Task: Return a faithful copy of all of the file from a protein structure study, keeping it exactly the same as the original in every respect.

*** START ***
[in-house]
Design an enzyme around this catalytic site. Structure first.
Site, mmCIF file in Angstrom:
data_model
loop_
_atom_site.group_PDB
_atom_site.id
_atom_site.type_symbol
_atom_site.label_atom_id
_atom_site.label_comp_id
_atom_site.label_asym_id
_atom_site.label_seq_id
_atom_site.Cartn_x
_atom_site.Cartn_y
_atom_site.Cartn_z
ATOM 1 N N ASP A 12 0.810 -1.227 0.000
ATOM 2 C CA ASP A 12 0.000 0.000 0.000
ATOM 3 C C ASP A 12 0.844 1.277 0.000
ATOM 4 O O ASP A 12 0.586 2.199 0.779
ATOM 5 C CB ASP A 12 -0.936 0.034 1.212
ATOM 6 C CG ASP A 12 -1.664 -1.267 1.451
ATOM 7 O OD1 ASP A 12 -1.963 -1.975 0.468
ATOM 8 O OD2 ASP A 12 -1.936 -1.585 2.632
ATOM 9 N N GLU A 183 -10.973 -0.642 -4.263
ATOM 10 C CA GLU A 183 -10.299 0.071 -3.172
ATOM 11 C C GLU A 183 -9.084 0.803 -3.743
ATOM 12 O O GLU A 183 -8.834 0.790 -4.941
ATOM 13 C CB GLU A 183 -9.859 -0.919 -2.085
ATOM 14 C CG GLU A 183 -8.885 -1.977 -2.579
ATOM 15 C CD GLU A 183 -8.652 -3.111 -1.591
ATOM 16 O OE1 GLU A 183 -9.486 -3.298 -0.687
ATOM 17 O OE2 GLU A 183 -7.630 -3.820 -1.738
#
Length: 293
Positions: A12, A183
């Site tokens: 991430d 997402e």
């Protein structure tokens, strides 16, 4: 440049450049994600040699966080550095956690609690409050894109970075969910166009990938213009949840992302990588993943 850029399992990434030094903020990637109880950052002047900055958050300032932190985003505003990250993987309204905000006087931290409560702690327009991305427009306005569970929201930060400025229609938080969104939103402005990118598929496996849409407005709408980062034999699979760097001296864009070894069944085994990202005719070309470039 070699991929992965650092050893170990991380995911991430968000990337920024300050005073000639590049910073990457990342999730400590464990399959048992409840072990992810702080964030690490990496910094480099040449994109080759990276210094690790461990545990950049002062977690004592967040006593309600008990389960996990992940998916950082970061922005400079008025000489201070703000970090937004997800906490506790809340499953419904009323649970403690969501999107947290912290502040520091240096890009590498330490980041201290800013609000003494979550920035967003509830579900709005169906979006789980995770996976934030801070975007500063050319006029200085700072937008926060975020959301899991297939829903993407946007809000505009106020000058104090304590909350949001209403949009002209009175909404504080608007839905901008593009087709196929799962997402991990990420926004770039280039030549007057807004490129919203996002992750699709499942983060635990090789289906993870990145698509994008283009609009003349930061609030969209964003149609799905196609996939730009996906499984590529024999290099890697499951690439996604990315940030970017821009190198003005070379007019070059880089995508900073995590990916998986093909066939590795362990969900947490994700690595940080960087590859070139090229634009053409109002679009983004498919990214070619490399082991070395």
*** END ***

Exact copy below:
[in-house]
Design an enzyme around this catalytic site. Structure first.
Site, mmCIF file in Angstrom:
data_model
loop_
_atom_site.group_PDB
_atom_site.id
_atom_site.type_symbol
_atom_site.label_atom_id
_atom_site.label_comp_id
_atom_site.label_asym_id
_atom_site.label_seq_id
_atom_site.Cartn_x
_atom_site.Cartn_y
_atom_site.Cartn_z
ATOM 1 N N ASP A 12 0.810 -1.227 0.000
ATOM 2 C CA ASP A 12 0.000 0.000 0.000
ATOM 3 C C ASP A 12 0.844 1.277 0.000
ATOM 4 O O ASP A 12 0.586 2.199 0.779
ATOM 5 C CB ASP A 12 -0.936 0.034 1.212
ATOM 6 C CG ASP A 12 -1.664 -1.267 1.451
ATOM 7 O OD1 ASP A 12 -1.963 -1.975 0.468
ATOM 8 O OD2 ASP A 12 -1.936 -1.585 2.632
ATOM 9 N N GLU A 183 -10.973 -0.642 -4.263
ATOM 10 C CA GLU A 183 -10.299 0.071 -3.172
ATOM 11 C C GLU A 183 -9.084 0.803 -3.743
ATOM 12 O O GLU A 183 -8.834 0.790 -4.941
ATOM 13 C CB GLU A 183 -9.859 -0.919 -2.085
ATOM 14 C CG GLU A 183 -8.885 -1.977 -2.579
ATOM 15 C CD GLU A 183 -8.652 -3.111 -1.591
ATOM 16 O OE1 GLU A 183 -9.486 -3.298 -0.687
ATOM 17 O OE2 GLU A 183 -7.630 -3.820 -1.738
#
Length: 293
Positions: A12, A183
């Site tokens: 991430d 997402e």
């Protein structure tokens, strides 16, 4: 440049450049994600040699966080550095956690609690409050894109970075969910166009990938213009949840992302990588993943 850029399992990434030094903020990637109880950052002047900055958050300032932190985003505003990250993987309204905000006087931290409560702690327009991305427009306005569970929201930060400025229609938080969104939103402005990118598929496996849409407005709408980062034999699979760097001296864009070894069944085994990202005719070309470039 070699991929992965650092050893170990991380995911991430968000990337920024300050005073000639590049910073990457990342999730400590464990399959048992409840072990992810702080964030690490990496910094480099040449994109080759990276210094690790461990545990950049002062977690004592967040006593309600008990389960996990992940998916950082970061922005400079008025000489201070703000970090937004997800906490506790809340499953419904009323649970403690969501999107947290912290502040520091240096890009590498330490980041201290800013609000003494979550920035967003509830579900709005169906979006789980995770996976934030801070975007500063050319006029200085700072937008926060975020959301899991297939829903993407946007809000505009106020000058104090304590909350949001209403949009002209009175909404504080608007839905901008593009087709196929799962997402991990990420926004770039280039030549007057807004490129919203996002992750699709499942983060635990090789289906993870990145698509994008283009609009003349930061609030969209964003149609799905196609996939730009996906499984590529024999290099890697499951690439996604990315940030970017821009190198003005070379007019070059880089995508900073995590990916998986093909066939590795362990969900947490994700690595940080960087590859070139090229634009053409109002679009983004498919990214070619490399082991070395």